Sarkozy: Shale Gas Extraction Can't be Done at Any Price

President Nicolas Sarkozy has confirmed the repeal of shale gas exploration licenses announced by Monday by Ecology Minister Nathalie Kosciusko-Morizet and Industry Minister Eric Besson.

Visiting the Gard region in southern France, home to Cevennes National Park, a UNESCO World Heritage site, Sarkozy said would be no exploration for shale gas in the region.

"I want to take the opportunity I have here to confirm that there will no exploitation of shale gas by hydraulic fracturing in this exceptional area," Sarkozy said.

The President reiterated that his government won't authorize the drilling for shale gas until the technology is proven to be environmentally clean.

Monday’s decision revoked three permits awarded in 2010 for the exploration of shale gas in the area -- one to Total and two to US-based Schuepbach Energy.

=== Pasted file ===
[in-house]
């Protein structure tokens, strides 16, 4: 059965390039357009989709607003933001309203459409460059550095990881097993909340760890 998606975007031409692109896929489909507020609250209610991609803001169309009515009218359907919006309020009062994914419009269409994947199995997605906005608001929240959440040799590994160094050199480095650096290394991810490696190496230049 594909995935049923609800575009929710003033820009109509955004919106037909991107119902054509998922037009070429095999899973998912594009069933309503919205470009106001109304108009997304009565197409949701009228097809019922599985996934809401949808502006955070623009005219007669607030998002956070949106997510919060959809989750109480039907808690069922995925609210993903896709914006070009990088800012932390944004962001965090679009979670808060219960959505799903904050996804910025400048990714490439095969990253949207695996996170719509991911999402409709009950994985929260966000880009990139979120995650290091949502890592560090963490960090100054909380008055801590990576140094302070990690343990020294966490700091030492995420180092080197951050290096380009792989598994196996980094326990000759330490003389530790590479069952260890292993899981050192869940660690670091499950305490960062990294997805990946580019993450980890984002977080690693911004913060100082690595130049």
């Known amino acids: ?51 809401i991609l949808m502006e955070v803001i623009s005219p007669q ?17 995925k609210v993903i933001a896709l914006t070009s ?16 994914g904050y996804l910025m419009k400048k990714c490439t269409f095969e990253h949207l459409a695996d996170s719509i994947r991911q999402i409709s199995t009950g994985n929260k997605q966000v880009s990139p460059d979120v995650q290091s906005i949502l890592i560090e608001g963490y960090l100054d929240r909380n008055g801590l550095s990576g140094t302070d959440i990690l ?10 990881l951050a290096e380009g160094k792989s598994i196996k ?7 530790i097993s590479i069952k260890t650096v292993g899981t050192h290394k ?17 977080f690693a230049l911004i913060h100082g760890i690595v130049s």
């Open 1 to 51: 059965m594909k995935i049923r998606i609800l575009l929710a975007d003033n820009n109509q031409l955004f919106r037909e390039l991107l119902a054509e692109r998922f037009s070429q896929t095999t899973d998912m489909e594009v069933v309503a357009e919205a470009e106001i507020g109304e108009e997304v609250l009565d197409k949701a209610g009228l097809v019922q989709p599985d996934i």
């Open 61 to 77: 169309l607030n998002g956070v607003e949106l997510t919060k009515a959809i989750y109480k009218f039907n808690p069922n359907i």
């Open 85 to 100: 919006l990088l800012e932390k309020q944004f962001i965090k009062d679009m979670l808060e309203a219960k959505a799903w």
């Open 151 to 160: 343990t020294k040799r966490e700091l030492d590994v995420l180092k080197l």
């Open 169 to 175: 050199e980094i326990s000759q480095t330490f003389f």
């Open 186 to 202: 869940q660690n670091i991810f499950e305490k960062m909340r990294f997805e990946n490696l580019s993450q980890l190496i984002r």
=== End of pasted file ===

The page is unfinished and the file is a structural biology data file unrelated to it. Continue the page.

The verdict, though unexpected, was celebrated by opponents to shale gas extraction in France.  Even José Bové, leader of the anti-shale gas movement, said he was "very surprised by this decision."

The French Union of Petroleum Industries (UFIP) said the decision to revoke the permits was "prejudicial to the French economy" and warned it would send a "negative signal to international investors."

"These decisions will prevent the identification and evaluation of the potential of new national energy resources, while France imports 99 per cent of its petrol consumption and 98 per cent of its gas consumption," UFIP said.

Formal notifcation of the revocation will occur with the publication of the government’s decsion in the Official Gazette on October 13th

It will also provide clarity on the status of the 61 other permits France has granted for oil and gas exploration.  While the majority of these licenses relate to the operation of conventional hydrocarbons, twelve are for non-conventional hydrocarbons and potentially gas from coal or oil shale, particularly in the Paris Basin.


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